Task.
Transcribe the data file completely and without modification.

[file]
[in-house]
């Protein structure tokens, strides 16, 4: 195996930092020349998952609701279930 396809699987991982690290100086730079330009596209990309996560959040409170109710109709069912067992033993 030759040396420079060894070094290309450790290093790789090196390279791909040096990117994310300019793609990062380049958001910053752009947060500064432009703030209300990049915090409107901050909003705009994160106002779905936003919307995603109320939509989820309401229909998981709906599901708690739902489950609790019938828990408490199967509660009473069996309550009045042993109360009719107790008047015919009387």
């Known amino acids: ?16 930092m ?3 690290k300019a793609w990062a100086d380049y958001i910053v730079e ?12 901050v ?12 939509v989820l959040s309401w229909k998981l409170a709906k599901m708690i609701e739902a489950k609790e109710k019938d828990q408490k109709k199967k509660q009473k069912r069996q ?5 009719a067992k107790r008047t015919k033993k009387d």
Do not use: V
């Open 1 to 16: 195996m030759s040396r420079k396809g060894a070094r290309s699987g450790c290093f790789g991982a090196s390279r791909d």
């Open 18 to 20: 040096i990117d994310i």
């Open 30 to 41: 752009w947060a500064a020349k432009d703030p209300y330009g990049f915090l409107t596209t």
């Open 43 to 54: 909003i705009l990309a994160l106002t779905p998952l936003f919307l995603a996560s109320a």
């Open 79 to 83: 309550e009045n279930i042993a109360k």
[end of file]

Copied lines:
[in-house]
């Protein structure tokens, strides 16, 4: 195996930092020349998952609701279930 396809699987991982690290100086730079330009596209990309996560959040409170109710109709069912067992033993 030759040396420079060894070094290309450790290093790789090196390279791909040096990117994310300019793609990062380049958001910053752009947060500064432009703030209300990049915090409107901050909003705009994160106002779905936003919307995603109320939509989820309401229909998981709906599901708690739902489950609790019938828990408490199967509660009473069996309550009045042993109360009719107790008047015919009387």
């Known amino acids: ?16 930092m ?3 690290k300019a793609w990062a100086d380049y958001i910053v730079e ?12 901050v ?12 939509v989820l959040s309401w229909k998981l409170a709906k599901m708690i609701e739902a489950k609790e109710k019938d828990q408490k109709k199967k509660q009473k069912r069996q ?5 009719a067992k107790r008047t015919k033993k009387d």
Do not use: V
């Open 1 to 16: 195996m030759s040396r420079k396809g060894a070094r290309s699987g450790c290093f790789g991982a090196s390279r791909d």
């Open 18 to 20: 040096i990117d994310i």
């Open 30 to 41: 752009w947060a500064a020349k432009d703030p209300y330009g990049f915090l409107t596209t």
């Open 43 to 54: 909003i705009l990309a994160l106002t779905p998952l936003f919307l995603a996560s109320a």
């Open 79 to 83: 309550e009045n279930i042993a109360k």